Coldwater Creek South

The secluded farm had started life as Winter Park Stables, a secluded 120-acre plot of ground nestled under the cool blue skies of Ocala.  The Westbrook family had purchased the land in 1976, adding an additional 230 acres and renaming it The Manor.  It later did business as Spindletop Hall, but after the operation folded in 2005, the farm had slipped into quiet slumber, resting, waiting.  Dreaming of horses, too, I figured.  And oh, I could tell it had been grand in these past lives.  When Liz stopped the car near the racing barn, I stepped out onto the soft dirt of overgrown walking paths and gazed across endless, rolling expanses of lush green paddocks, overgrown with clover and wildflowers that leaned thick and casual against weathered black fences.  The main barn stood empty, its still air thick with dust and cobwebs.  My eyes were drawn to the cupolas that graced its high roof, and I saw the morning sun catching twinkles of bright stained glass still fixed there; reflections of past glory.  I grinned when the glass flashed cobalt blue.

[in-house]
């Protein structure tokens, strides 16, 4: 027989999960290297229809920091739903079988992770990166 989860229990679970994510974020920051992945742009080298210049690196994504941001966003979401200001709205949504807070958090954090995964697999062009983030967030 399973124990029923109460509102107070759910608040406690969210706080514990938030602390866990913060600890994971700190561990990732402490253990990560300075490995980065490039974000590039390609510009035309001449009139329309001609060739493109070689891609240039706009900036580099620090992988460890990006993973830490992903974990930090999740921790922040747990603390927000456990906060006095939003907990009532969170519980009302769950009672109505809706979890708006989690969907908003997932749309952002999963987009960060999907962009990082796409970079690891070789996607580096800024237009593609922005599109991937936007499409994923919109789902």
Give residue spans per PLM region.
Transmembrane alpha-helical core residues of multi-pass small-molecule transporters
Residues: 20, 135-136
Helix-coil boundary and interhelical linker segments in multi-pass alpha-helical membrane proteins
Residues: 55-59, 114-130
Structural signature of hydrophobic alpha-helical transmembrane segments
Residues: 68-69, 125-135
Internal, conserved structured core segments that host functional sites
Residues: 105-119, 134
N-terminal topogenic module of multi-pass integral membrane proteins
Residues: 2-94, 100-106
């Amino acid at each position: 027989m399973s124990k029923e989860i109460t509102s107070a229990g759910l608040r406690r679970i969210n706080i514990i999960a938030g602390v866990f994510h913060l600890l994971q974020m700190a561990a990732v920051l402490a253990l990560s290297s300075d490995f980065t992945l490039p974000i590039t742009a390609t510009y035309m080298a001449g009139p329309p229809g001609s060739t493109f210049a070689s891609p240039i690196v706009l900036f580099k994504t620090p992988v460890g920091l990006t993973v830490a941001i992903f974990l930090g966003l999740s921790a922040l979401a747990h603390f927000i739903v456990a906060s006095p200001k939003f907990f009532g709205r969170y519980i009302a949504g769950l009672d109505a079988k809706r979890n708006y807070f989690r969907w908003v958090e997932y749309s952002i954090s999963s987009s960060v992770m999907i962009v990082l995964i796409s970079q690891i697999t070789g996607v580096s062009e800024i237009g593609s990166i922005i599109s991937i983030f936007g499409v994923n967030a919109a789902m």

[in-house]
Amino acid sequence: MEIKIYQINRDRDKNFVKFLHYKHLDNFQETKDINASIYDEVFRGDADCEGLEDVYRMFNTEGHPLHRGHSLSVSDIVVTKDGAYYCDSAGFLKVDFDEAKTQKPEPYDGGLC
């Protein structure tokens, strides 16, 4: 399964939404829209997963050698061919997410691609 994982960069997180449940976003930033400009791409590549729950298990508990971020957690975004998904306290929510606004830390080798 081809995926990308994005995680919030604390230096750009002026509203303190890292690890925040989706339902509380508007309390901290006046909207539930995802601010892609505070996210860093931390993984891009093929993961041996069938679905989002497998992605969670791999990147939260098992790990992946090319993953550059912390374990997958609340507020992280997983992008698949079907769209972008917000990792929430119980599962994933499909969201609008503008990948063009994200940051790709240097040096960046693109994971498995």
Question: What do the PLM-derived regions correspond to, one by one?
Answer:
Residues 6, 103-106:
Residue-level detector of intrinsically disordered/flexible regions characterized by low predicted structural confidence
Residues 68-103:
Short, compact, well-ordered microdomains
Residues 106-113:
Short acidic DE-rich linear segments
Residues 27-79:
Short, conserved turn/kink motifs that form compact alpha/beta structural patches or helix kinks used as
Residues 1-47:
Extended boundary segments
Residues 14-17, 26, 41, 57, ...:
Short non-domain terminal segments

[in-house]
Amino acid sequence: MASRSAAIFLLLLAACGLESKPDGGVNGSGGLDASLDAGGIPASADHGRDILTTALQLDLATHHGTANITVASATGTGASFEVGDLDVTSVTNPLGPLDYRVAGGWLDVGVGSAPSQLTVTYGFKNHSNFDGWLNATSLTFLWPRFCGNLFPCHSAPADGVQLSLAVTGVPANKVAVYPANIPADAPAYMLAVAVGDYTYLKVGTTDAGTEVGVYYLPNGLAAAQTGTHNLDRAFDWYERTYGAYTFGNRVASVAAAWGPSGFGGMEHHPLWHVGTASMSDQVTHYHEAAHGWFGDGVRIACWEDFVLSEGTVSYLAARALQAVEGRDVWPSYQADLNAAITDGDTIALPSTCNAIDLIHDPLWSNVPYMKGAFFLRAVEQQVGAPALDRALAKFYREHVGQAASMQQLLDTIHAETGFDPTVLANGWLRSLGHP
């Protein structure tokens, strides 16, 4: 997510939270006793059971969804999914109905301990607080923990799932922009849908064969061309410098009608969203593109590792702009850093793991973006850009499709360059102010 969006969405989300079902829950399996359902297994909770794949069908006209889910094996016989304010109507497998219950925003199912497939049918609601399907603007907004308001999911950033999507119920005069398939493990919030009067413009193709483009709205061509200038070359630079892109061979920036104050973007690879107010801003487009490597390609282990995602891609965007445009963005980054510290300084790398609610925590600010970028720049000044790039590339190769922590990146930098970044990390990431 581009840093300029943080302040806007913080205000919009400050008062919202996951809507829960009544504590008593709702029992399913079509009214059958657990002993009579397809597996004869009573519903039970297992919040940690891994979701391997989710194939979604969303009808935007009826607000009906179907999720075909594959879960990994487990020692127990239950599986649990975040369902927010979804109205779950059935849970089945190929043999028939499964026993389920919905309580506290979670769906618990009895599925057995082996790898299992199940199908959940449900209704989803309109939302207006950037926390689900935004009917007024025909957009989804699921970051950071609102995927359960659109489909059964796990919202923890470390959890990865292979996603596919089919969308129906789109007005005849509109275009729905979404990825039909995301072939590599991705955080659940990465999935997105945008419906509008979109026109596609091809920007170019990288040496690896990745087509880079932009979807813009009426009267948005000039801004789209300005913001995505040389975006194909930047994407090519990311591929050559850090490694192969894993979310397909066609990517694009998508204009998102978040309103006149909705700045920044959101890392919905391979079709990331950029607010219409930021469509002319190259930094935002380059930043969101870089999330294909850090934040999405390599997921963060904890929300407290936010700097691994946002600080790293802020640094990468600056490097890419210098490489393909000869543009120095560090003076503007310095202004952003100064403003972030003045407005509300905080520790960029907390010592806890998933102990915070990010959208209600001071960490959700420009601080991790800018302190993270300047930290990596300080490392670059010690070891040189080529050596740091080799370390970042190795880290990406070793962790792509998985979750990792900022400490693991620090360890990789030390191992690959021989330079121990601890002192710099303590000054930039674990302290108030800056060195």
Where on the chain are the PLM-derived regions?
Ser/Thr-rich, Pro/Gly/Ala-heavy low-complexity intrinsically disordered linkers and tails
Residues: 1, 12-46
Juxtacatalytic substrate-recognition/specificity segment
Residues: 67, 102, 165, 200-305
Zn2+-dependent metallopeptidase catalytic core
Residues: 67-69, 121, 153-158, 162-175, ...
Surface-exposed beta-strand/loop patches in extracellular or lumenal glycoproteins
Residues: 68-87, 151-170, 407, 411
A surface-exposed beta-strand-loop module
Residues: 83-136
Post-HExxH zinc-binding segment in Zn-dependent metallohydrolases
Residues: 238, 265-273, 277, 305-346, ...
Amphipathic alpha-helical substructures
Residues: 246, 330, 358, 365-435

Coldwater blue.

“You’re crazy,” Elizabeth said, but I didn’t favor my sister with a glance.  Those blue twinkles were filling my eyes, filling my dreams.  “You know this, right?”

“What’s crazy about starting a new farm?”  I stepped forward into the tall grass, breathing deeply of its sweetness.  “Shanthi’s got an incredible operation here.  She’s invited us to be a part of it before, you know.  We should have taken her up on it.  There’s a lot of opportunity.  I’ve always wanted a place in Florida, anyway… and geez, just look at this farm!”

“I’m looking at it,” Liz muttered, and followed me towards the pasture fence.  “Jen, listen.  You’ve put years and years into Coldwater Creek, and it’s one of the strongest operations in Web Runners.  Falling Star is going great up there, too.  Besides, Kentucky’s home.  Why on earth do you want to start all over again?”

I wrapped my hands around the fence post.  The wood was warm and inviting in my grip.  “The challenge, I guess.  The excitement.  You know as well as I do, there’s nothing like horse racing.”

She smiled, just a little.  “You do know what you’re getting into?”

“I do,” I grinned back.  “So, what do you think of Coldwater Creek South?”

“I think we’re lucky there won’t be any horses here for a couple of months,” she laughed.  “Come on, nut.  We’ve got a farm to fix up.”